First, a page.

As for the state takeover; I would offer this thought--why did the state have to disenfranchise the voters to address needed change? Why couldn't the state have offered assistance to teachers in 'the trenches?' Why couldn't the state have challenged the tax abatements which robbed the district of badly needed funds to retain qualified teachers? Why didn't the media ask these questions? More attention was paid to the taxpayer funded baseball stadium. Again, more corporate welfare at the expense of our children. I find your reflections to be highly biased and lacking in any credible sources. I agree, SOMETHING HAD TO BE DONE. WHY MUST THIS MANTRA USUALLY JUSTIFY AN UNJUST AND UNWISE SET OF ACTIONS. SOMEDAY I WILL WRITE A BOOK OF MY EXPERIENCES, AND THEN MAYBE YOU WILL LEARN---SOMETHING.

SINCERELY,
J. GADFLY

The Angry Independent said...

I just want to clear a couple of things up (i'll try at least).

You said:
I take exception to the comment that...'the good teachers eventually leave.' Some of us are DEDICATED URBAN EDUCATORS WHO WANT TO BE HERE. THIS IS WHERE WE ARE NEEDED.


I tried to be careful with some of my words...

What I stated was "most" do leave. A lot of the young teachers... (from what I have gathered from other people in that field) start off in the SLPS...but after they get their full credentials, get some experience under their belts, or after they get fed up with the system there.... they move to one of the better county school districts...where the pay is also higher. Or they find another field.

I did not mean to offend the good dedicated career teachers in the SLPS. I know they are out there...working hard every school day. I see them as victims of this mess as well.

I know they don't have the power to deal with the problems. That's why I focused my displeasure on the administrators and the school board. They make the policies that guide the district. And they are also often the obstacles to progress...obstacles to fixing many of the problems.

I have always thought that the best approach might be a bottom up approach where the teachers play a bigger role in developing policy....rather than a top down approach primarily from the school board and superintendent. The teachers are often in the best position to know what the kids needs are, to know what the problems are and how to deal with those problems. I hope the new 3-member State board consults with veteran teachers like yourself(from across the St. Louis area) to help them turn the school system around.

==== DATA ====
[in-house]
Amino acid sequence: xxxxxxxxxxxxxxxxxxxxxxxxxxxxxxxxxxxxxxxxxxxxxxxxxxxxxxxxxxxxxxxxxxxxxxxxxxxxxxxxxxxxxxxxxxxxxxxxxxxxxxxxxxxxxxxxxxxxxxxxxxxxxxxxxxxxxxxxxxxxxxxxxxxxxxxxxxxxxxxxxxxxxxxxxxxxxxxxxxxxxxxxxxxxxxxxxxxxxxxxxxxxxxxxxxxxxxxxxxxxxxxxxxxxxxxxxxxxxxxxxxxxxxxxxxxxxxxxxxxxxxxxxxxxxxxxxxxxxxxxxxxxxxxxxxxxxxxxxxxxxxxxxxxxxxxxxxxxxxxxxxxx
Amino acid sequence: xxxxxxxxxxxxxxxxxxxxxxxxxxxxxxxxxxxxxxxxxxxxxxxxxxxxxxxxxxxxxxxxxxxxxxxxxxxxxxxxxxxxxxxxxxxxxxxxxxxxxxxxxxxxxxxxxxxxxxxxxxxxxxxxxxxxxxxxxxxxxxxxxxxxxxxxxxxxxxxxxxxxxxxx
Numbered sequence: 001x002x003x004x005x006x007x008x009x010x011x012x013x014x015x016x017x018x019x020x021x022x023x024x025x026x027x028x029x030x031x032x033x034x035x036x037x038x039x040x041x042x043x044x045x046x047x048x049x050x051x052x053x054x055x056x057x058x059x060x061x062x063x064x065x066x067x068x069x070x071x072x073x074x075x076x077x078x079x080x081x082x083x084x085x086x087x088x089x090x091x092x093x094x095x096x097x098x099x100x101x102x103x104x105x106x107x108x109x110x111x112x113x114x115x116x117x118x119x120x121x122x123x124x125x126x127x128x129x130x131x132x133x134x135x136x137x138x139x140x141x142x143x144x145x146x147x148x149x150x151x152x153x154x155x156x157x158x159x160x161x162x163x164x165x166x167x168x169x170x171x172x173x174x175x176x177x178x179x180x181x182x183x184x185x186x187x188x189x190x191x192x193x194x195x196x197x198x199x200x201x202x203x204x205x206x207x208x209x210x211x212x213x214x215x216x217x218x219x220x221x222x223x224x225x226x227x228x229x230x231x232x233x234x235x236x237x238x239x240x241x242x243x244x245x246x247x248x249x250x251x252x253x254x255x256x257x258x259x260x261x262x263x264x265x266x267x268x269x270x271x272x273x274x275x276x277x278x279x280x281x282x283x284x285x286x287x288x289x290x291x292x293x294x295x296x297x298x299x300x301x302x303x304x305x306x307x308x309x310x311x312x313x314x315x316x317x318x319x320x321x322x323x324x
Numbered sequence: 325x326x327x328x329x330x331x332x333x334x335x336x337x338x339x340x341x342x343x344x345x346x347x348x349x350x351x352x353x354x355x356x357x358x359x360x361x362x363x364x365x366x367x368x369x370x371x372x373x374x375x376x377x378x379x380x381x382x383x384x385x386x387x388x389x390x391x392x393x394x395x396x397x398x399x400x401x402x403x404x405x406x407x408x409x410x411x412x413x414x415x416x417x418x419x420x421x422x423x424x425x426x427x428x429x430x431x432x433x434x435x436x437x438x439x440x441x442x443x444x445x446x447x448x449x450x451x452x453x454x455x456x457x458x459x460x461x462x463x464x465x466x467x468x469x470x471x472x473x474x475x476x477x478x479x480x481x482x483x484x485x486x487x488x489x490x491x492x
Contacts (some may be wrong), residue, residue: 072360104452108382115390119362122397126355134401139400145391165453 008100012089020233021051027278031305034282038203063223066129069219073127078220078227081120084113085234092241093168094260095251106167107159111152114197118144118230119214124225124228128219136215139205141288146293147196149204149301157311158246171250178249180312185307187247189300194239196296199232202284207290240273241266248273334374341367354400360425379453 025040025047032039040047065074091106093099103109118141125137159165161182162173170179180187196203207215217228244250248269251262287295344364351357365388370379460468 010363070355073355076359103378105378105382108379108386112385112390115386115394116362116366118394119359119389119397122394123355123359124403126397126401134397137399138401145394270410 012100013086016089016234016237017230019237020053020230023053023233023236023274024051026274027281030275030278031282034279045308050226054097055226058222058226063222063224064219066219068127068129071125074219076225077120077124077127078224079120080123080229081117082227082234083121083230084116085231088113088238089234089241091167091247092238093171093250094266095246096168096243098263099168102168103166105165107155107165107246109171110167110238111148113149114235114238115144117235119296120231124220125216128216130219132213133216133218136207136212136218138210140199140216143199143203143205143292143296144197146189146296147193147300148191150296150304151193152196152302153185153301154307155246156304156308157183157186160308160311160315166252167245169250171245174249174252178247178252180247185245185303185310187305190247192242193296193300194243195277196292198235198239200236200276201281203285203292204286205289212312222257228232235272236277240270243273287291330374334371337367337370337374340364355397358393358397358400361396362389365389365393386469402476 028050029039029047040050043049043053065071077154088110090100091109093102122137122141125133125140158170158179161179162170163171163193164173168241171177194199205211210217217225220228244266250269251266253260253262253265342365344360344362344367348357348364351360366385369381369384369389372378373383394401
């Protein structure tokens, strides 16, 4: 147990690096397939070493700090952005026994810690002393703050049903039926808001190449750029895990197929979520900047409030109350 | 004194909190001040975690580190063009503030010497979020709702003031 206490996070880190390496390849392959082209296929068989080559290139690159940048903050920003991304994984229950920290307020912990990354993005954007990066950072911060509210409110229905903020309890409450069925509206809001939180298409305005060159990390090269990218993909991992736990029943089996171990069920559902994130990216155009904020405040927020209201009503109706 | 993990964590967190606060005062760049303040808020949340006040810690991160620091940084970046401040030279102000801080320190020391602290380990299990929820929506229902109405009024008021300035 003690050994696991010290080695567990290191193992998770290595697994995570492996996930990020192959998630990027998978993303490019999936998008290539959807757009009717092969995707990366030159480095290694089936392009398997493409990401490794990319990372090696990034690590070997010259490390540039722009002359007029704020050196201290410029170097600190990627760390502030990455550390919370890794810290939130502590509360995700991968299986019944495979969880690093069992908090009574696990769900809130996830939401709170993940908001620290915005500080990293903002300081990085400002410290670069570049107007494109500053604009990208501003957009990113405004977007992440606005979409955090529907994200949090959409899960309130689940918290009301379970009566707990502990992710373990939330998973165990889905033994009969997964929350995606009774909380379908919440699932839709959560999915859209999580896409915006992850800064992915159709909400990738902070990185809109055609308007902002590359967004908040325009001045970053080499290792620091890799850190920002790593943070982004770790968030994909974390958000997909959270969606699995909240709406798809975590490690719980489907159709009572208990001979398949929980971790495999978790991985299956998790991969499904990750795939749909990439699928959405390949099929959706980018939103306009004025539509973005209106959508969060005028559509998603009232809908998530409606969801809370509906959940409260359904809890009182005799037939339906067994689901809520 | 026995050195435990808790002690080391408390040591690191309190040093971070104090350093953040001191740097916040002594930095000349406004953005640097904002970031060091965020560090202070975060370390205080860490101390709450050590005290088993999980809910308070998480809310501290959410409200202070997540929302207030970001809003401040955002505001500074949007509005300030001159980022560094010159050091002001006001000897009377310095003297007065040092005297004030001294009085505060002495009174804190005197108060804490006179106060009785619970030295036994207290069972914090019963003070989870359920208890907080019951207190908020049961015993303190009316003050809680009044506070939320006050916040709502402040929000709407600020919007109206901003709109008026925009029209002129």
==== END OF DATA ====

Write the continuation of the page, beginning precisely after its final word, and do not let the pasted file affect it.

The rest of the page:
And regarding the eroding city tax base...which impacts the Public schools... yes... the tax breaks for the companies (money that could be spent on improving schools) might be a problem. But then again... the problem of the eroding tax base did not start with the construction of the ballpark, ballpark village, etc. This has been going on for 20,30+ years starting with White Flight. The same problem that effects public schools in urban communities across the country.

Mayors of cities like Detroit, St. Louis, etc... are in a tough position. As they try to revitalize their cities... they are in a situation where they must attract businesses to come in. Often the only way to do that is to offer tax breaks. But in the long run... I think these deals are more positive than negative. (in many cases anyway)... because the new businesses, often bring residual business and revenue into the city... such as more sales tax as a result of more people visiting those businesses and renting homes near these new developments.

I think the Federal government should do more to improve some of these inner city schools. I think teachers should be paid more and deserve more respect...especially from parents and students.

But I stand by my statements regarding bad teachers (and SLPS being sort of a haven for them). I try to make a distinction between the good teachers and the bad ones.
I am sure you recall the RFT article regarding the teachers awarding A's and B's to students who are not even in class???????
Here is the link to the report.

There have also been a few other issues with bad teachers in the SLPS. I am not just making these things up as you suggested.

However, I have nothing but respect for the good veteran teachers who keep going to work everyday because they feel they have a mission... (knowing that they could probably earn more money elsewhere...but continue to stick with their mission for the students).

Although I do hope that the Teachers Union could be revamped... with some more progressive leadership... that could be more flexible...more willing to compromise in order to get things done, etc. The Teachers Union in place now seems to be overly concerned with protecting the status quo (including protecting bad teachers and the culture of low expectations, corruption, poor behavior of students and teachers, etc). The backbone of that culture has to be broken if progress is to be made.